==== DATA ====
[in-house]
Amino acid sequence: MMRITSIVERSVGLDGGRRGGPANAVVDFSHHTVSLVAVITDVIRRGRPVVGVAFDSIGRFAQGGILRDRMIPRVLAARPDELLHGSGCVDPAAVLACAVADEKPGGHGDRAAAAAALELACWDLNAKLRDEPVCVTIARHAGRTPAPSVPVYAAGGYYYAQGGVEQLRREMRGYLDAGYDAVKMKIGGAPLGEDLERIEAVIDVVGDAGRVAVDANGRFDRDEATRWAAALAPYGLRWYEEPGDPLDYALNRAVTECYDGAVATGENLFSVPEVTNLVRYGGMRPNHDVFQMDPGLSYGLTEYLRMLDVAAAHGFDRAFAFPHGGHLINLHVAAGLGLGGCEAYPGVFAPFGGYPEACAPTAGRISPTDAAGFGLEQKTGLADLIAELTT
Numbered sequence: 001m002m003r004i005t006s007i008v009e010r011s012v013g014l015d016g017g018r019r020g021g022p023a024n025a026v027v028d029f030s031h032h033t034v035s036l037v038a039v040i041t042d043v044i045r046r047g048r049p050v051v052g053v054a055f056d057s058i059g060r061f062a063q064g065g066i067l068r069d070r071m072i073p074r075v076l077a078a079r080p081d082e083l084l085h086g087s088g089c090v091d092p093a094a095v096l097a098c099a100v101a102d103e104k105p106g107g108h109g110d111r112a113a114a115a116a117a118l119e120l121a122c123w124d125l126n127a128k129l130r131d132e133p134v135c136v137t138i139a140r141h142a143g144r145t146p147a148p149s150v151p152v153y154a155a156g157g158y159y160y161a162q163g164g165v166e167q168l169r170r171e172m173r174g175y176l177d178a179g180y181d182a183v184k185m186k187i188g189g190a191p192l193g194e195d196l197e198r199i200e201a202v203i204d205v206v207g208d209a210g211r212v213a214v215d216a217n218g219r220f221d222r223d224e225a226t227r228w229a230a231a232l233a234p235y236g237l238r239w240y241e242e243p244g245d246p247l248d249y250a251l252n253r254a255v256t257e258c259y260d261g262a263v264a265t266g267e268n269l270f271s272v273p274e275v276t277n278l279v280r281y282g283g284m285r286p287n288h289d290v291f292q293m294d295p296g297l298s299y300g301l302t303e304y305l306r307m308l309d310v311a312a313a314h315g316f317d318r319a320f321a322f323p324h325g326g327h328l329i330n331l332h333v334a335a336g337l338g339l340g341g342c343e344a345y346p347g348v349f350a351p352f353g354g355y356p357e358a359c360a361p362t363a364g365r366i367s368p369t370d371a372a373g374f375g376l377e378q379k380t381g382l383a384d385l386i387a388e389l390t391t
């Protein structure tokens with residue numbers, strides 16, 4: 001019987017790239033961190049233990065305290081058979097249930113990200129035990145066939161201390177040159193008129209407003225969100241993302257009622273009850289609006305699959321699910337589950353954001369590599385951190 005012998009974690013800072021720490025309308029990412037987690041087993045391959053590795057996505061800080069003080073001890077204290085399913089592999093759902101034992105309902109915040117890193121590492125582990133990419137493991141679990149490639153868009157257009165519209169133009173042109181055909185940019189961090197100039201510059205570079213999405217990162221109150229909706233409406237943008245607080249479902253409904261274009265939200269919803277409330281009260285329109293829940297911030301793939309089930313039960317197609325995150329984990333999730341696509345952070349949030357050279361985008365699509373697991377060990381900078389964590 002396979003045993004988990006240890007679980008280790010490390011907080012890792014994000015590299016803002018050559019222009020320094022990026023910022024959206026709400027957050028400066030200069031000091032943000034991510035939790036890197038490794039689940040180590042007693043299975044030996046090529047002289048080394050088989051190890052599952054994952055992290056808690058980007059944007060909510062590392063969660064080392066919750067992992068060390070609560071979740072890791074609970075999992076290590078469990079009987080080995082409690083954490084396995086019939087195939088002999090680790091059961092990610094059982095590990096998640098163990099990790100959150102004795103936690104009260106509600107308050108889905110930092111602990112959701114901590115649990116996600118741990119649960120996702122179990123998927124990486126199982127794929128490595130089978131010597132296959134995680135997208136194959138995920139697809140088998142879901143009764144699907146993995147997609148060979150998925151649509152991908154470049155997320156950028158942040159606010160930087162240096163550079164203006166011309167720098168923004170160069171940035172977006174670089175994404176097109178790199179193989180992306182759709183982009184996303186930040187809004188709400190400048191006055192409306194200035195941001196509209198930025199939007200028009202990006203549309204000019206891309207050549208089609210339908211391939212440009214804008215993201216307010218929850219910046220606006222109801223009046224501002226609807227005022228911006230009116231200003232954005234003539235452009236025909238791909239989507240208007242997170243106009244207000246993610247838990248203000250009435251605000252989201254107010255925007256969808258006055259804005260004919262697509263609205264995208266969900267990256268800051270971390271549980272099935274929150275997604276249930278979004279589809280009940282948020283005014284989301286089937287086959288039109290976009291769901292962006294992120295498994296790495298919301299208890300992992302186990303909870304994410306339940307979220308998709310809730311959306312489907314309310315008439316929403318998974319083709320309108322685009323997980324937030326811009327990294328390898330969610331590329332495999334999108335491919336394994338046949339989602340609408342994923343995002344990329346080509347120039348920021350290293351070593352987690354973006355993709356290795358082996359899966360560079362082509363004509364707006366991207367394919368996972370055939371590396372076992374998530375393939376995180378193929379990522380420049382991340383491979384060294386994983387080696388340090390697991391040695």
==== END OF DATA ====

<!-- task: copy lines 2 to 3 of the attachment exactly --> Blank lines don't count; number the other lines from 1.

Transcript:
Amino acid sequence: MMRITSIVERSVGLDGGRRGGPANAVVDFSHHTVSLVAVITDVIRRGRPVVGVAFDSIGRFAQGGILRDRMIPRVLAARPDELLHGSGCVDPAAVLACAVADEKPGGHGDRAAAAAALELACWDLNAKLRDEPVCVTIARHAGRTPAPSVPVYAAGGYYYAQGGVEQLRREMRGYLDAGYDAVKMKIGGAPLGEDLERIEAVIDVVGDAGRVAVDANGRFDRDEATRWAAALAPYGLRWYEEPGDPLDYALNRAVTECYDGAVATGENLFSVPEVTNLVRYGGMRPNHDVFQMDPGLSYGLTEYLRMLDVAAAHGFDRAFAFPHGGHLINLHVAAGLGLGGCEAYPGVFAPFGGYPEACAPTAGRISPTDAAGFGLEQKTGLADLIAELTT
Numbered sequence: 001m002m003r004i005t006s007i008v009e010r011s012v013g014l015d016g017g018r019r020g021g022p023a024n025a026v027v028d029f030s031h032h033t034v035s036l037v038a039v040i041t042d043v044i045r046r047g048r049p050v051v052g053v054a055f056d057s058i059g060r061f062a063q064g065g066i067l068r069d070r071m072i073p074r075v076l077a078a079r080p081d082e083l084l085h086g087s088g089c090v091d092p093a094a095v096l097a098c099a100v101a102d103e104k105p106g107g108h109g110d111r112a113a114a115a116a117a118l119e120l121a122c123w124d125l126n127a128k129l130r131d132e133p134v135c136v137t138i139a140r141h142a143g144r145t146p147a148p149s150v151p152v153y154a155a156g157g158y159y160y161a162q163g164g165v166e167q168l169r170r171e172m173r174g175y176l177d178a179g180y181d182a183v184k185m186k187i188g189g190a191p192l193g194e195d196l197e198r199i200e201a202v203i204d205v206v207g208d209a210g211r212v213a214v215d216a217n218g219r220f221d222r223d224e225a226t227r228w229a230a231a232l233a234p235y236g237l238r239w240y241e242e243p244g245d246p247l248d249y250a251l252n253r254a255v256t257e258c259y260d261g262a263v264a265t266g267e268n269l270f271s272v273p274e275v276t277n278l279v280r281y282g283g284m285r286p287n288h289d290v291f292q293m294d295p296g297l298s299y300g301l302t303e304y305l306r307m308l309d310v311a312a313a314h315g316f317d318r319a320f321a322f323p324h325g326g327h328l329i330n331l332h333v334a335a336g337l338g339l340g341g342c343e344a345y346p347g348v349f350a351p352f353g354g355y356p357e358a359c360a361p362t363a364g365r366i367s368p369t370d371a372a373g374f375g376l377e378q379k380t381g382l383a384d385l386i387a388e389l390t391t